Chancery Lane dates back to the reign of Edward III in the late 14th-century, and gained its name from the Convert’s House which stood on the site. This was a refuge for Jews who had renounced their faith, and came under the control of the Lord Chancellor.
The Convert’s House was demolished in 1896 to make room for the British National Archives – better known as the Public Records Office.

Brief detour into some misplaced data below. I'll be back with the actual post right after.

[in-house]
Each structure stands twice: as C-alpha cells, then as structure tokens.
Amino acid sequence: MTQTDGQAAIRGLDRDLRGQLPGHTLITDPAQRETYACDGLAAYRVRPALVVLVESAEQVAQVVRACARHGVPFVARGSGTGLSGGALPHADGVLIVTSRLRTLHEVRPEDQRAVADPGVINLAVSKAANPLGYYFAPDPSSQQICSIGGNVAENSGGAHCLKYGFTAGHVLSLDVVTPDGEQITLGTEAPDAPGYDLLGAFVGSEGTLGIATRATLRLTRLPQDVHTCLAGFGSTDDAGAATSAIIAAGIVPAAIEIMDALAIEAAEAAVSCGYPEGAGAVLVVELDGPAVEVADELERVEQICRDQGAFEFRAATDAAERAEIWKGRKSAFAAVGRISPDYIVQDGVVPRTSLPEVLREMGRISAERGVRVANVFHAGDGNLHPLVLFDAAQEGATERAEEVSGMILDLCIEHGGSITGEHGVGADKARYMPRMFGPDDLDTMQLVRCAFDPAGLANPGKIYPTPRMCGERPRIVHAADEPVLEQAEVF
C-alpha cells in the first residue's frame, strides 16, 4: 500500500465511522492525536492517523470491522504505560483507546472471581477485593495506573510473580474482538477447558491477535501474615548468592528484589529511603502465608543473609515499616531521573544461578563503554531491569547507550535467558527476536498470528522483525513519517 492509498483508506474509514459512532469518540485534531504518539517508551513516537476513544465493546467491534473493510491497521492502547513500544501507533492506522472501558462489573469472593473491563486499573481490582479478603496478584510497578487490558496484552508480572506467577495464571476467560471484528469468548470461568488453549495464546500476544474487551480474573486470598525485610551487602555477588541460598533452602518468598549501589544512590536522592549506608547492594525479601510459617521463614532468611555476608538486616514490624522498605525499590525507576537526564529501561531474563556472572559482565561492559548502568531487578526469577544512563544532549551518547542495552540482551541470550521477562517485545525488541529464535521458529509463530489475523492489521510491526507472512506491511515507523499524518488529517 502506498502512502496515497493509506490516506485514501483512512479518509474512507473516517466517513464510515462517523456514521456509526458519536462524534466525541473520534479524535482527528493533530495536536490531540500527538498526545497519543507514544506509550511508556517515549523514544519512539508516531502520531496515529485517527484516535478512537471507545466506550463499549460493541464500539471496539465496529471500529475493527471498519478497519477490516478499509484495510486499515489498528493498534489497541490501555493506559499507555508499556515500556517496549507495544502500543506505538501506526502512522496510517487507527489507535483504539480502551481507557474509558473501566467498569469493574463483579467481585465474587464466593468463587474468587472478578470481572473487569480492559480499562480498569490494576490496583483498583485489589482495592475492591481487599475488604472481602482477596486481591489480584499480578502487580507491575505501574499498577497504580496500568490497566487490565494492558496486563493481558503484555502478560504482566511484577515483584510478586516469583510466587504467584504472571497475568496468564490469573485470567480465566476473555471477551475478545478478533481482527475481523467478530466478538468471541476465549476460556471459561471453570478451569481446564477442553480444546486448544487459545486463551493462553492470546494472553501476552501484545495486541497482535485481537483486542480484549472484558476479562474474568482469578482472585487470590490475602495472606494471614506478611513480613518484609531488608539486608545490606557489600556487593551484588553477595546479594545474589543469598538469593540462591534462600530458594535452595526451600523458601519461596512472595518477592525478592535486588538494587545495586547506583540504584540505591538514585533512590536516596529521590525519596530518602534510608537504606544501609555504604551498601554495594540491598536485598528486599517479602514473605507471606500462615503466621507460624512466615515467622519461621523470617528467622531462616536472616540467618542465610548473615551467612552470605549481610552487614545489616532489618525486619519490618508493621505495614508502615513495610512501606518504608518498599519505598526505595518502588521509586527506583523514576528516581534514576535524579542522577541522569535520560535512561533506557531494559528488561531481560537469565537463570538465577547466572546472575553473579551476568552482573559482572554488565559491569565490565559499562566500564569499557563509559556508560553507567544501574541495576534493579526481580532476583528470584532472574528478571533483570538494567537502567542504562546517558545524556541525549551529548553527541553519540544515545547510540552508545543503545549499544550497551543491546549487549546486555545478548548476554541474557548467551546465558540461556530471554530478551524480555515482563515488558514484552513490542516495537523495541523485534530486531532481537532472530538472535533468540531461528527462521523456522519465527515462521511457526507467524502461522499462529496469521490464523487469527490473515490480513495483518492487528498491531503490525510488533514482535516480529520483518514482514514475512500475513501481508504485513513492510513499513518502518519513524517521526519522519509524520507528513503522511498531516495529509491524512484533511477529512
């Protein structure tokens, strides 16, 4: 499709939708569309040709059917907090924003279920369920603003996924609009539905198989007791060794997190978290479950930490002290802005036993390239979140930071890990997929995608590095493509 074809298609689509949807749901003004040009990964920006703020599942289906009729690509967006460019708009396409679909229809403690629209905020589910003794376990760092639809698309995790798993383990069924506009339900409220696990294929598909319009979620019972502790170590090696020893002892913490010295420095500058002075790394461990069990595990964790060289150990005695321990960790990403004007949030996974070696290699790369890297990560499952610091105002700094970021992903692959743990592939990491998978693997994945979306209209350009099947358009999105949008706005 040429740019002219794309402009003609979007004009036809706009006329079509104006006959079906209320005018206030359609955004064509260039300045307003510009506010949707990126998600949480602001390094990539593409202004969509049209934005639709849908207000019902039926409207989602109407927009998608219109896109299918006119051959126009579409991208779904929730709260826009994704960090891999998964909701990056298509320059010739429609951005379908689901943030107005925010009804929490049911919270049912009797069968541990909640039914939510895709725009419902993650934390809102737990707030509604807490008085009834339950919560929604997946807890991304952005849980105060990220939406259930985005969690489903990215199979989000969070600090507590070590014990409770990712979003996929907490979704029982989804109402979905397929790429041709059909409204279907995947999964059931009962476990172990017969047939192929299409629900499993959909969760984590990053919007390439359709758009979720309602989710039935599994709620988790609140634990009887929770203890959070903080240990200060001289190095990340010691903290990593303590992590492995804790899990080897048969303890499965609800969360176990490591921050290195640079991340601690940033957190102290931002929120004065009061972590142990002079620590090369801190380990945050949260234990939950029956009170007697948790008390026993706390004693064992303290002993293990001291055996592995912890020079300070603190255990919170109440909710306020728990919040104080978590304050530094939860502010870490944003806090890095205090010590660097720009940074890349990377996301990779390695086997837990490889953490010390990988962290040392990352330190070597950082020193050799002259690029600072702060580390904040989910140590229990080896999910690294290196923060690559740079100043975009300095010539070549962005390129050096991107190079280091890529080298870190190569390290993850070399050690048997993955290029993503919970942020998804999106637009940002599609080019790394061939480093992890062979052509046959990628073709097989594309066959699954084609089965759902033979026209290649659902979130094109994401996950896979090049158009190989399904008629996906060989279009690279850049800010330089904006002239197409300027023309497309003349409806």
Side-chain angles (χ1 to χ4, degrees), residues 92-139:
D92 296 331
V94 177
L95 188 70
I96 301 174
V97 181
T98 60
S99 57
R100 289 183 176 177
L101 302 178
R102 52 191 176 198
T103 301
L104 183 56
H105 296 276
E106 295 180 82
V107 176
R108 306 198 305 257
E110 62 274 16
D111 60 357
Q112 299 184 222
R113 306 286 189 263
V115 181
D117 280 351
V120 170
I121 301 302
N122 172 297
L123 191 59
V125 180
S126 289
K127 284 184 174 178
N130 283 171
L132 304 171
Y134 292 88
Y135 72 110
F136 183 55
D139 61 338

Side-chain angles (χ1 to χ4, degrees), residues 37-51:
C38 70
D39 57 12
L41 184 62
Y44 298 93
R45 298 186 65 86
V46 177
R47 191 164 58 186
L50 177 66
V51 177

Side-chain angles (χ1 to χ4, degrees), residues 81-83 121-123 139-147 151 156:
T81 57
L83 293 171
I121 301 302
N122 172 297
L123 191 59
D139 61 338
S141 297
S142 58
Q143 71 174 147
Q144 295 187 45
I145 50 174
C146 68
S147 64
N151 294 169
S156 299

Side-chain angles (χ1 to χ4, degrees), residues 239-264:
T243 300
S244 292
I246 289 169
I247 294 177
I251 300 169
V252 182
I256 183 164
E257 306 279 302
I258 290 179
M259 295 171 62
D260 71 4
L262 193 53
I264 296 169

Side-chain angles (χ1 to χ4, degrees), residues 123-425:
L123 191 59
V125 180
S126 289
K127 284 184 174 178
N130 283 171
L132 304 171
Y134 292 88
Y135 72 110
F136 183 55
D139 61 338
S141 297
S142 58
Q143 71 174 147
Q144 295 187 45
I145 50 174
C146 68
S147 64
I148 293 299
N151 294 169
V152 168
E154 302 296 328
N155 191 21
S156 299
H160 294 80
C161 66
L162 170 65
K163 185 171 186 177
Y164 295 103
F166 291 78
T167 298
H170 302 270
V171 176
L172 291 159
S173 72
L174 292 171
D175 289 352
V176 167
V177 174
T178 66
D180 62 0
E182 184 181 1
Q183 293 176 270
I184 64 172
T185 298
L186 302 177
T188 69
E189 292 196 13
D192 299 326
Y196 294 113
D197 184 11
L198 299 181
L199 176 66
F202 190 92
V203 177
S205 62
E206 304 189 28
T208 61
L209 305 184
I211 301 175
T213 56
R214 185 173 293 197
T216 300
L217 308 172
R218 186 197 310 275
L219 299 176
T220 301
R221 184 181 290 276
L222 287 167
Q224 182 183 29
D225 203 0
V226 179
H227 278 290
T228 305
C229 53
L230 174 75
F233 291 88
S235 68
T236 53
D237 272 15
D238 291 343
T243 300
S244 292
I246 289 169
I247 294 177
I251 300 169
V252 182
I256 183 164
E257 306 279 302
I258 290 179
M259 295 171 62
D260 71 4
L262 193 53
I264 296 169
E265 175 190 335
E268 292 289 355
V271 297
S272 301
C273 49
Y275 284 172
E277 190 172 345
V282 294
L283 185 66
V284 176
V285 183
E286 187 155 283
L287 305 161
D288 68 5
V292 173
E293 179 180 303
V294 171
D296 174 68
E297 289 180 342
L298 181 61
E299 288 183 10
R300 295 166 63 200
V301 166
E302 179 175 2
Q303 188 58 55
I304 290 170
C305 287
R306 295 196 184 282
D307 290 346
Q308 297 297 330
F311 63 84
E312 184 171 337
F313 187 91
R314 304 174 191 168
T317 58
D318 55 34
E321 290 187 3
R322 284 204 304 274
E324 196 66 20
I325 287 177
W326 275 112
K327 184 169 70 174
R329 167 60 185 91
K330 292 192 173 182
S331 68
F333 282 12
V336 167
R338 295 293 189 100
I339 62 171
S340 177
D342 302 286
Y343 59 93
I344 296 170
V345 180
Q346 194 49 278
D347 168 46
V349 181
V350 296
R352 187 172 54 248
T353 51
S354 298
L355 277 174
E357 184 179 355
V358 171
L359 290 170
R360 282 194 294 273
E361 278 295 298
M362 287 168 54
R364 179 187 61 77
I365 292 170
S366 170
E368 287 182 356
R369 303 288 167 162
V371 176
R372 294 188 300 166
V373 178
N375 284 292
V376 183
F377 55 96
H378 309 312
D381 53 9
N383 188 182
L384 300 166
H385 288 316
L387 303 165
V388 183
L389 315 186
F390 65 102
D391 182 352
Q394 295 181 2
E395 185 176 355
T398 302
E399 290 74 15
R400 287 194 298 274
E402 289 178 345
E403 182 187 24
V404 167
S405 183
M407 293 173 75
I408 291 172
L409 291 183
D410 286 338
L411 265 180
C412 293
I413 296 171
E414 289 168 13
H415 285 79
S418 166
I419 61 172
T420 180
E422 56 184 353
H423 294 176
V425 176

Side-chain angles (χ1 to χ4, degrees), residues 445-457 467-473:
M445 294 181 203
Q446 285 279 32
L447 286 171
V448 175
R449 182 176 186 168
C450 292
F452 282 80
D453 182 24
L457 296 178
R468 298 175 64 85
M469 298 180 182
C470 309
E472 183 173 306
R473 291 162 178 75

The Public Records Office contained many national treasures, including William the Conqueror’s Domesday Book and a copy of the Magna Carta dating back to 1225.
They also had William Shakespeare’s will and many legal archives.